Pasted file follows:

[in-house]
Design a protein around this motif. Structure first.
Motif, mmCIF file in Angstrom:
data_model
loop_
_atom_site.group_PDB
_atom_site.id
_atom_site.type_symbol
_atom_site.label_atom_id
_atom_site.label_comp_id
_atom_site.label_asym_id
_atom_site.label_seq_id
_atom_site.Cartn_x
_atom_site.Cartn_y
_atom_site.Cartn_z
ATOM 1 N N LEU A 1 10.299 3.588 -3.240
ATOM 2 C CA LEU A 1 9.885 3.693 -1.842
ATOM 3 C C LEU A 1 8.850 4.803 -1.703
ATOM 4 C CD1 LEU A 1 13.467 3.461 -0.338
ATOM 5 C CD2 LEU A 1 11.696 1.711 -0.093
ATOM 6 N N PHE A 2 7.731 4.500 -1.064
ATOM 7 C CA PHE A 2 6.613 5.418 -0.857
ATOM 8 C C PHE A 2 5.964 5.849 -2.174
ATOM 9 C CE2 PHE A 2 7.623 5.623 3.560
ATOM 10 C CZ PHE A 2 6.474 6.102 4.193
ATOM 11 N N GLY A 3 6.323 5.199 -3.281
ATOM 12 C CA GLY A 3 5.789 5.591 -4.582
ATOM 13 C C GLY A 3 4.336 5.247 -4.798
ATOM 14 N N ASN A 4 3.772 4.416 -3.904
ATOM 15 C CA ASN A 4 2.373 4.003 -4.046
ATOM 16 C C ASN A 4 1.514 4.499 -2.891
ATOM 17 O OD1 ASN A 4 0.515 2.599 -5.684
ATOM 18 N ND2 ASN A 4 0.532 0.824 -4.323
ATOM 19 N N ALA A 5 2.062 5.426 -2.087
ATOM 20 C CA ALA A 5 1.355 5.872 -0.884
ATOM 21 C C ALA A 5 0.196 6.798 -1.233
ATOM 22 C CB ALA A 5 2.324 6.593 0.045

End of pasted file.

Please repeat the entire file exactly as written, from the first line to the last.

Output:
[in-house]
Design a protein around this motif. Structure first.
Motif, mmCIF file in Angstrom:
data_model
loop_
_atom_site.group_PDB
_atom_site.id
_atom_site.type_symbol
_atom_site.label_atom_id
_atom_site.label_comp_id
_atom_site.label_asym_id
_atom_site.label_seq_id
_atom_site.Cartn_x
_atom_site.Cartn_y
_atom_site.Cartn_z
ATOM 1 N N LEU A 1 10.299 3.588 -3.240
ATOM 2 C CA LEU A 1 9.885 3.693 -1.842
ATOM 3 C C LEU A 1 8.850 4.803 -1.703
ATOM 4 C CD1 LEU A 1 13.467 3.461 -0.338
ATOM 5 C CD2 LEU A 1 11.696 1.711 -0.093
ATOM 6 N N PHE A 2 7.731 4.500 -1.064
ATOM 7 C CA PHE A 2 6.613 5.418 -0.857
ATOM 8 C C PHE A 2 5.964 5.849 -2.174
ATOM 9 C CE2 PHE A 2 7.623 5.623 3.560
ATOM 10 C CZ PHE A 2 6.474 6.102 4.193
ATOM 11 N N GLY A 3 6.323 5.199 -3.281
ATOM 12 C CA GLY A 3 5.789 5.591 -4.582
ATOM 13 C C GLY A 3 4.336 5.247 -4.798
ATOM 14 N N ASN A 4 3.772 4.416 -3.904
ATOM 15 C CA ASN A 4 2.373 4.003 -4.046
ATOM 16 C C ASN A 4 1.514 4.499 -2.891
ATOM 17 O OD1 ASN A 4 0.515 2.599 -5.684
ATOM 18 N ND2 ASN A 4 0.532 0.824 -4.323
ATOM 19 N N ALA A 5 2.062 5.426 -2.087
ATOM 20 C CA ALA A 5 1.355 5.872 -0.884
ATOM 21 C C ALA A 5 0.196 6.798 -1.233
ATOM 22 C CB ALA A 5 2.324 6.593 0.045